Munroe has been making his living for the past 14 years by throwing stupid questions at physics and seeing what sticks. In fall 2005, when he was a physics major in his final year at a college in Virginia, Munroe began uploading his doodles to the internet at xkcd.com. By cartoon standards, they were as basic as it gets: stick figures. But it was the concerns plaguing his characters—their existential crises, scientific conundrums, and roller coasters of romantic love—that made xkcd rise above the digital noise. Though his comic had fans from the start—and would eventually garner awards, including a Hugo—early breakouts such as “Pi Equals” and “Sudo-Sandwich,” which were extremely funny and very brainy, won him the admiration of influential techies inside companies such as Amazon, Boing Boing, Google, and Reddit. Before he’d graduated, Munroe was working for NASA. But a year in, he was making more money selling xkcd T-shirts than building robots, so he left NASA to focus on internet humor full-time. He was 23.
A book soon followed, xkcd: volume 0, which sold primarily through Munroe’s web store, with proceeds donated to literacy nonprofit Room to Read. In a 2009 interview, Munroe told the New York Times that his book didn’t need to be in bookstores. “I don’t have hard numbers about this,” he said. “But the impression I get is that the amount of eyeballs you get from being on the humor shelf at Barnes & Noble—it is almost insignificant.”
Munroe may have been right. Not only did the book sell well (over 25,000 copies in its first six months, according to its publisher, Breadpig) but a handful of packed reading events raised enough money to build a school in Laos. In those days, Munroe didn’t think of the physical book as all that different from his digital comic: “It was another type of material with designs printed on it,” he says. He calls partnering with Breadpig, created by Reddit cofounder Alexis Ohanian, “halfway between working with a publisher and self-publishing with some friends.”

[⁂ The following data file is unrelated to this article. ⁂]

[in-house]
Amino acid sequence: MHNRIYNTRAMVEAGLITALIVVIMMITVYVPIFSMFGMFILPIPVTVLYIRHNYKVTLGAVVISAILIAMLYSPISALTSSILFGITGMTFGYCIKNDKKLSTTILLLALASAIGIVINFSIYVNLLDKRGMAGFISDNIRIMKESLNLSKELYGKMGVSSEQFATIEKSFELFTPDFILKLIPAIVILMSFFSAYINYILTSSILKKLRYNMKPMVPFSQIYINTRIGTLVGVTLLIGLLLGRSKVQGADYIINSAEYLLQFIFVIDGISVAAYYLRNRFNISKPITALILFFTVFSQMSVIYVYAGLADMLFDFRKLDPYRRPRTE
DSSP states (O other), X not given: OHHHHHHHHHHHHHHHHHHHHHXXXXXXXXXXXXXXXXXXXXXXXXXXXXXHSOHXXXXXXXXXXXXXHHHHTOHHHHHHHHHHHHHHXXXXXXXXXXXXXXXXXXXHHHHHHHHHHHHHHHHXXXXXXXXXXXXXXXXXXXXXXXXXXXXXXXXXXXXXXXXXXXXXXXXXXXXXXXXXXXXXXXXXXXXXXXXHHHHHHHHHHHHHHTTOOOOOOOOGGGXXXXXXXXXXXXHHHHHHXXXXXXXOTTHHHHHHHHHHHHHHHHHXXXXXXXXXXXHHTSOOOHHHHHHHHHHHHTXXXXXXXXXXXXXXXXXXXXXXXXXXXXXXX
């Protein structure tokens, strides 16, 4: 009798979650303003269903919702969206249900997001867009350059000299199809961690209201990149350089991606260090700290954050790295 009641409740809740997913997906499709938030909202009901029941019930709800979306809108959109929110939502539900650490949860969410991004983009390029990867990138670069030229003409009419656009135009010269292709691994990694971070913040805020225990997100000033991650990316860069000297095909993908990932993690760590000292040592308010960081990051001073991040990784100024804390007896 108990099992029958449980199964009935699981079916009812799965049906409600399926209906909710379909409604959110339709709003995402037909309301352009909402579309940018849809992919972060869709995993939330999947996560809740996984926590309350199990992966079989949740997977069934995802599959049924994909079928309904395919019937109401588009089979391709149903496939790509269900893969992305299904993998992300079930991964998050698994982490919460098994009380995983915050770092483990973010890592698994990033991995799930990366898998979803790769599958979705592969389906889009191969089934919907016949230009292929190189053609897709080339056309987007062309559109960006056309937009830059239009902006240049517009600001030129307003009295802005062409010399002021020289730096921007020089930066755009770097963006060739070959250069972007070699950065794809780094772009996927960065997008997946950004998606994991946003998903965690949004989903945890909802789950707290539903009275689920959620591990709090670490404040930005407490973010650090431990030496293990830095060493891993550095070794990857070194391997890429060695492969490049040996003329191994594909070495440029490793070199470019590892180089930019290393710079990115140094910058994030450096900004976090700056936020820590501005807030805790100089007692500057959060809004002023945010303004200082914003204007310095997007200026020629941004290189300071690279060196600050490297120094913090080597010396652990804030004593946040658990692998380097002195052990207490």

But five years on, when he was ready with book number two, What If? Serious Scientific Answers to Absurd Hypothetical Questions, Munroe embraced traditional publishing. “It’s helpful to work with people who know how to sell things,” he says. “There are all these people out there who wouldn’t have grown up reading my website and don’t read comics online but are still interested in, like, what happens if the moon crashes into things.”
The idea for What If? came when Munroe volunteered to teach a class on energy to high school students at MIT. He noticed how engaged they became when tasked with solving a ridiculous problem rather than sticking with the textbook material. He took the idea to the web, attaching a blog to xkcd and asking readers for queries. The book, published in 2014, featured a selection of those queries, such as, “What would happen if you tried to hit a baseball pitched at 90% the speed of light?” (answer: awful, terrible things) and, “What would happen if everyone on earth stood as close to each other as they could and jumped, everyone landing on the ground at the same instant?” (answer: not much, followed by awful, terrible things).
What If? hit #2 on Amazon’s bestselling books list 24 hours after Munroe announced its existence and six months before its pub date, and it would go on to sell close to 725,000 copies, according to NPD BookScan.
For How To, Munroe asked the questions himself. “Part of it,” he explains, “was just thinking about stuff I have to do everyday, or problems I could think of a fun way to solve, whether or not it’s important or useful. I have an idea for how you could do this, but I don’t know if it would work, and now I’ve got to go figure it out.”
In the book, Munroe considers basic problems such as how to move, fun problems such as how to throw a pool party (if you don’t have a pool), and problems nobody should really have, such as how to build a lava moat (without prohibitively high heating and cooling costs)—all with his unique blend of the scientific and the silly, and his surprisingly expressive stick figures. “I wanted to find stuff that you could do any number of different ways, and there was obviously a right way,” Munroe says. “And I could ignore the right way and focus on the wrong ways.”
For Munroe, questions are opportunities to expand, and problems are possibilities to explode. After all, to answer a question is to end the conversation, and that’s the last thing he wants to do.
Mike Harvkey is the author of the novel In the Course of Human Events.